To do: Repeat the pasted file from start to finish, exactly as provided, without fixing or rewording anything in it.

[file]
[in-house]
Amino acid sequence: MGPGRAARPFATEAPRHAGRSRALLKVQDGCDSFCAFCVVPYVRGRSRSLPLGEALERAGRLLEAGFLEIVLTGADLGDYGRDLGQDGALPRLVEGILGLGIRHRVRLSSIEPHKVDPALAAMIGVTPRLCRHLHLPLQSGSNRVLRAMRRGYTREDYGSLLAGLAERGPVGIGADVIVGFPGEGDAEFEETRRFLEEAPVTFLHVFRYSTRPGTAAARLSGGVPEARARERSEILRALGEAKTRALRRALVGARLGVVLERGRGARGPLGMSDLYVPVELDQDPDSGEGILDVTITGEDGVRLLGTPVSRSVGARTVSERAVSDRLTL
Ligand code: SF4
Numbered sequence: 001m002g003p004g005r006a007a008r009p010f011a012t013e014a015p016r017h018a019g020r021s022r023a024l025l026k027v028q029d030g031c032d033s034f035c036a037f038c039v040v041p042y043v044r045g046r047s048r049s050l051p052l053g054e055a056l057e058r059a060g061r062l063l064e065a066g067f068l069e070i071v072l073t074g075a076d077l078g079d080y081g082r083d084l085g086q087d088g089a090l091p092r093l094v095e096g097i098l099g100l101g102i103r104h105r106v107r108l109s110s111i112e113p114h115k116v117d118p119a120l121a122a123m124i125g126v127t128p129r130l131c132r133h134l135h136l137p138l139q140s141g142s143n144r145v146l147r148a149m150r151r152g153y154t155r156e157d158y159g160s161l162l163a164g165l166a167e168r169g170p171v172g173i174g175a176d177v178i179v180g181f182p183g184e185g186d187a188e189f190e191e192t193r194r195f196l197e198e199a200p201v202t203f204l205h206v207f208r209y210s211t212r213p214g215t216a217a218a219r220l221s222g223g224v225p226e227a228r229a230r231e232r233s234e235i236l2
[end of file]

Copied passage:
[in-house]
Amino acid sequence: MGPGRAARPFATEAPRHAGRSRALLKVQDGCDSFCAFCVVPYVRGRSRSLPLGEALERAGRLLEAGFLEIVLTGADLGDYGRDLGQDGALPRLVEGILGLGIRHRVRLSSIEPHKVDPALAAMIGVTPRLCRHLHLPLQSGSNRVLRAMRRGYTREDYGSLLAGLAERGPVGIGADVIVGFPGEGDAEFEETRRFLEEAPVTFLHVFRYSTRPGTAAARLSGGVPEARARERSEILRALGEAKTRALRRALVGARLGVVLERGRGARGPLGMSDLYVPVELDQDPDSGEGILDVTITGEDGVRLLGTPVSRSVGARTVSERAVSDRLTL
Ligand code: SF4
Numbered sequence: 001m002g003p004g005r006a007a008r009p010f011a012t013e014a015p016r017h018a019g020r021s022r023a024l025l026k027v028q029d030g031c032d033s034f035c036a037f038c039v040v041p042y043v044r045g046r047s048r049s050l051p052l053g054e055a056l057e058r059a060g061r062l063l064e065a066g067f068l069e070i071v072l073t074g075a076d077l078g079d080y081g082r083d084l085g086q087d088g089a090l091p092r093l094v095e096g097i098l099g100l101g102i103r104h105r106v107r108l109s110s111i112e113p114h115k116v117d118p119a120l121a122a123m124i125g126v127t128p129r130l131c132r133h134l135h136l137p138l139q140s141g142s143n144r145v146l147r148a149m150r151r152g153y154t155r156e157d158y159g160s161l162l163a164g165l166a167e168r169g170p171v172g173i174g175a176d177v178i179v180g181f182p183g184e185g186d187a188e189f190e191e192t193r194r195f196l197e198e199a200p201v202t203f204l205h206v207f208r209y210s211t212r213p214g215t216a217a218a219r220l221s222g223g224v225p226e227a228r229a230r231e232r233s234e235i236l2